When does post-judgment interest start to run?
Generally, post-judgment interest starts to run on a civil judgment from the date the judgment is entered by the Court. In some courts, the entry of judgments is a function of the Court's Clerk. So even if a judge signs a judgment on one day, but the Clerk does not "enter" it until a week later, the post-judgment interest would not start to run until the judgment is docketed by the Clerk. When a judgment is considered entered is a product of the civil procedural rules and law applicable to the particular court from which the judgment was issued.
What post-judgment interest rate applies under state law?
At least in New York state, rate of post-judgment interest is set by the civil procedural law titled the Civil Practice Law and Rules (the "CPLR"). CPLR A? 5004 fixes the post-judgment rate of interest at 9% per year and CPLR A? 5003 states that interest shall run from the date of entry of the judgment. Many other states have statutes or rules that fix the post-judgment rate of interest as well. In New York and many other states, the interest is calculated as simple interest and not compounded. There may be states where the applicable rate fluctuates, as with the rate of post-judgment interest on civil judgments entered in the United States District Courts.
What interest rate applies in federal courts?
28 U.S.C. 1961 provides, in pertinent part, "interest [on a civil judgment] shall be calculated from the date of the entry of the judgment, at a rate equal to the weekly average 1-year constant maturity Treasury yield, as published by the Board of Governors of the Federal Reserve System, for the calendar week preceding the date of the judgment." Each Monday the Federal Reserve publishes the applicable rates for the prior week. A link to the current rate may be found here: http://www.federalreserve.gov/releases/h15/current/. In contrast to many states, e.g. New York, post-judgment interest on a federal civil judgment is compounded.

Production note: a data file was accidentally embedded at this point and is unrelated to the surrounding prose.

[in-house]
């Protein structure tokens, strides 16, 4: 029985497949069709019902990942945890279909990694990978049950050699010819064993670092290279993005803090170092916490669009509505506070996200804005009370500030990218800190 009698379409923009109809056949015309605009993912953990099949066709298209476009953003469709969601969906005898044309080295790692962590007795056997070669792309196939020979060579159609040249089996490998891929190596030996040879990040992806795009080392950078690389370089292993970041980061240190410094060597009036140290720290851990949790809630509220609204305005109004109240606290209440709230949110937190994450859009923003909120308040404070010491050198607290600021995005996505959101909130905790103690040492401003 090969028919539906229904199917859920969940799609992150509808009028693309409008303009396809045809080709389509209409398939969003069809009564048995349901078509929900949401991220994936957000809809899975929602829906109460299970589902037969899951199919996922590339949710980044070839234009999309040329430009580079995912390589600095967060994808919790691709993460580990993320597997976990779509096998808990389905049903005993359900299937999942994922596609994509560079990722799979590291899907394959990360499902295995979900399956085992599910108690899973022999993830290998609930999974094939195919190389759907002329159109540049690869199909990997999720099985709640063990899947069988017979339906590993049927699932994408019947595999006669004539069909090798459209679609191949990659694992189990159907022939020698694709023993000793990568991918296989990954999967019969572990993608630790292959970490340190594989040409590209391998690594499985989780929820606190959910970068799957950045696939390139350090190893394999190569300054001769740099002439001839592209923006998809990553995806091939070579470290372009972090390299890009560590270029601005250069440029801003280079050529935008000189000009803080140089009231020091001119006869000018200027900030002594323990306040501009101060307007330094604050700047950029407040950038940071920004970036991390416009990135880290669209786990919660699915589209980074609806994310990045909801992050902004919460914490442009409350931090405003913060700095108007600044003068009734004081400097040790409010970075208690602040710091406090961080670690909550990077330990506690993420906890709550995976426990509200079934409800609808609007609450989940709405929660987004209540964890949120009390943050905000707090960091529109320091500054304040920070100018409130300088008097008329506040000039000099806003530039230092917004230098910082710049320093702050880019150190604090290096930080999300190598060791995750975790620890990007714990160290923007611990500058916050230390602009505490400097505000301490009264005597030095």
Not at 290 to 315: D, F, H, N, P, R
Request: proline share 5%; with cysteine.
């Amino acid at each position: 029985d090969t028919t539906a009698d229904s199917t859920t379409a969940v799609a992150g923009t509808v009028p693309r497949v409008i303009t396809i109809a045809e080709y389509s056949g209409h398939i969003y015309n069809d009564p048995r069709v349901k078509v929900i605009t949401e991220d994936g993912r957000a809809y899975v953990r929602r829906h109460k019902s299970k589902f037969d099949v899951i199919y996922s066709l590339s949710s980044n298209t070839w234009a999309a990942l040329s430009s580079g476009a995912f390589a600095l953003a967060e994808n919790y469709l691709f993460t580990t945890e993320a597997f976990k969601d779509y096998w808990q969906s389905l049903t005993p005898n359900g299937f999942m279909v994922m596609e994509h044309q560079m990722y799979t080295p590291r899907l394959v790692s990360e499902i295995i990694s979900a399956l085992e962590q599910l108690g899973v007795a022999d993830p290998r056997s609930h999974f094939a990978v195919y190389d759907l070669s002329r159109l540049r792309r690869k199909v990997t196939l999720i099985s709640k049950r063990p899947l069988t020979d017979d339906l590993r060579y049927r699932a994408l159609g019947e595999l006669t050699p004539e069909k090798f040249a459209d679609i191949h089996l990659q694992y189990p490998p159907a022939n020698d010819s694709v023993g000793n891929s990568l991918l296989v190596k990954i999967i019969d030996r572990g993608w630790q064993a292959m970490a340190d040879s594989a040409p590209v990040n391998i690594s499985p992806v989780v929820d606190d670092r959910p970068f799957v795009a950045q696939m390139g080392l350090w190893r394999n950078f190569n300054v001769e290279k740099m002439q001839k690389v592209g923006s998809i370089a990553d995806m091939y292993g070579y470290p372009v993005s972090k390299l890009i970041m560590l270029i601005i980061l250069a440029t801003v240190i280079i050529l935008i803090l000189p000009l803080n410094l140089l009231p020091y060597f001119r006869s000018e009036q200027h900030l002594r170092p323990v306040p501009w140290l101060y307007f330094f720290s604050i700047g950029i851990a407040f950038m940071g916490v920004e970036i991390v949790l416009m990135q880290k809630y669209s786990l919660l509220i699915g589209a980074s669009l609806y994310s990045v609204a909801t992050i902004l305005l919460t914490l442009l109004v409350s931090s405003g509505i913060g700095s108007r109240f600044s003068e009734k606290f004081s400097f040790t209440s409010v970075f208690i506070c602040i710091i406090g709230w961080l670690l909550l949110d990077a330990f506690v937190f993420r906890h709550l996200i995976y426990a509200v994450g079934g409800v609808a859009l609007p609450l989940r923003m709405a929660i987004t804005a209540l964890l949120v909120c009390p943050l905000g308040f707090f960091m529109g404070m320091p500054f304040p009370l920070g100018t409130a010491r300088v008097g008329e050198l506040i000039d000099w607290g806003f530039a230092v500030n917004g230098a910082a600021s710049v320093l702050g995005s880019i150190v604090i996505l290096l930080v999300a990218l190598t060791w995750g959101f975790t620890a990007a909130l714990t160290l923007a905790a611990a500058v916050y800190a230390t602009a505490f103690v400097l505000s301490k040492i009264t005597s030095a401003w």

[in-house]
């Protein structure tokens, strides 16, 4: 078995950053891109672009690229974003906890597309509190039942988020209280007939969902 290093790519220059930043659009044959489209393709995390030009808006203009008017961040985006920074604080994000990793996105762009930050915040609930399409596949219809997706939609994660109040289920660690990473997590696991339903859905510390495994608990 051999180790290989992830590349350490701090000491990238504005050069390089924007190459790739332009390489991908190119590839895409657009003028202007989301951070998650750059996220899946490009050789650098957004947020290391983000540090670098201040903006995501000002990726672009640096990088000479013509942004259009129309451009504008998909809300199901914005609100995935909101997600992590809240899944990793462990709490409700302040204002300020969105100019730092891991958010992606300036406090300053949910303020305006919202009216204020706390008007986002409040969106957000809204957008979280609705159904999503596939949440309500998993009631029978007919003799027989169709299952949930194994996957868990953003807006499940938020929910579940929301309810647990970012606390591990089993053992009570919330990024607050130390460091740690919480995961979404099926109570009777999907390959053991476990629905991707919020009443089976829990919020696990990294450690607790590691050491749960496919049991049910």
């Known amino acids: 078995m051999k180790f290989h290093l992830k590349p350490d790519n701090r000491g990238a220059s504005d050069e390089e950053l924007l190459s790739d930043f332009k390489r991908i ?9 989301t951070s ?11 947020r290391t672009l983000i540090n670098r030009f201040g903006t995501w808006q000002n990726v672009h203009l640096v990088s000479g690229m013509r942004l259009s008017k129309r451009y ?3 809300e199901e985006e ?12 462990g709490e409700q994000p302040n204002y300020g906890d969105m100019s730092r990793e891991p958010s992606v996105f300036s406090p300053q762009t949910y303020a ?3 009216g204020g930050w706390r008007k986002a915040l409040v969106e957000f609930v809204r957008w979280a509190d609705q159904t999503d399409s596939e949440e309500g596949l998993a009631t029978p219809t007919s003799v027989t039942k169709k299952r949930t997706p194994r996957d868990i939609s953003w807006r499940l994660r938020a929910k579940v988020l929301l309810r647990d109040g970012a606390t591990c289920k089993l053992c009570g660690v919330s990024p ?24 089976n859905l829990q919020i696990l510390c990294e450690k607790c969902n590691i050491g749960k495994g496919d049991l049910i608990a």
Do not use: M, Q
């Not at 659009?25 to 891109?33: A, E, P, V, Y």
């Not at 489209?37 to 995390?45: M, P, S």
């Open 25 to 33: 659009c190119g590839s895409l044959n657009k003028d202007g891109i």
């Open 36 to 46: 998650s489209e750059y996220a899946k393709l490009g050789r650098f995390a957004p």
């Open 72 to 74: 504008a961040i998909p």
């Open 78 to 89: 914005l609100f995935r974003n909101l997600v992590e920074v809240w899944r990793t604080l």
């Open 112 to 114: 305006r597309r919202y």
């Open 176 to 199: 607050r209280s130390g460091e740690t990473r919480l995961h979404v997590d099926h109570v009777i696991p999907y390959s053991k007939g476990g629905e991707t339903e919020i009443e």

When is a party entitled to pre-judgment interest?
It depends. I know this is not particularly satisfactory answer. Whether a party is entitled to pre-judgment interest is a complicated question hinging on the facts of a particular case, the claims asserted by the parties and the applicable law and rules of the court in which the dispute has been brought. As a result, I do not take up the subject here, but will be explore it in a future legal guide.